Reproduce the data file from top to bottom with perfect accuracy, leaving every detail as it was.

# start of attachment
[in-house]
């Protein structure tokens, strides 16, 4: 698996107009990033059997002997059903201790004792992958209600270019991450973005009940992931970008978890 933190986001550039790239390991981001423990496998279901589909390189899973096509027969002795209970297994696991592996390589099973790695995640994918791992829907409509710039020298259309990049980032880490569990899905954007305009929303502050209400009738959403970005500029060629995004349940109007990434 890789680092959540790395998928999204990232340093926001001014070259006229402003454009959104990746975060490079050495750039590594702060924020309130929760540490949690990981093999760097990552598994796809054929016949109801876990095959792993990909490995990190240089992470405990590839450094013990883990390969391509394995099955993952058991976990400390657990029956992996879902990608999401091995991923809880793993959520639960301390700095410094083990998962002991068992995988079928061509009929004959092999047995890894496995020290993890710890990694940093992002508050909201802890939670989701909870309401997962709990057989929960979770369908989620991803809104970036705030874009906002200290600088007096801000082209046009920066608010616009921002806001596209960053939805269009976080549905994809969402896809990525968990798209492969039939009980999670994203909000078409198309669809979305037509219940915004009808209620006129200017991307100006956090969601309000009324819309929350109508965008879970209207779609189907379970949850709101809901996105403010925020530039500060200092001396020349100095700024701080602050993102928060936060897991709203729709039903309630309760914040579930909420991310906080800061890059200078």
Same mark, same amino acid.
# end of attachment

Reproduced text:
[in-house]
């Protein structure tokens, strides 16, 4: 698996107009990033059997002997059903201790004792992958209600270019991450973005009940992931970008978890 933190986001550039790239390991981001423990496998279901589909390189899973096509027969002795209970297994696991592996390589099973790695995640994918791992829907409509710039020298259309990049980032880490569990899905954007305009929303502050209400009738959403970005500029060629995004349940109007990434 890789680092959540790395998928999204990232340093926001001014070259006229402003454009959104990746975060490079050495750039590594702060924020309130929760540490949690990981093999760097990552598994796809054929016949109801876990095959792993990909490995990190240089992470405990590839450094013990883990390969391509394995099955993952058991976990400390657990029956992996879902990608999401091995991923809880793993959520639960301390700095410094083990998962002991068992995988079928061509009929004959092999047995890894496995020290993890710890990694940093992002508050909201802890939670989701909870309401997962709990057989929960979770369908989620991803809104970036705030874009906002200290600088007096801000082209046009920066608010616009921002806001596209960053939805269009976080549905994809969402896809990525968990798209492969039939009980999670994203909000078409198309669809979305037509219940915004009808209620006129200017991307100006956090969601309000009324819309929350109508965008879970209207779609189907379970949850709101809901996105403010925020530039500060200092001396020349100095700024701080602050993102928060936060897991709203729709039903309630309760914040579930909420991310906080800061890059200078």
Same mark, same amino acid.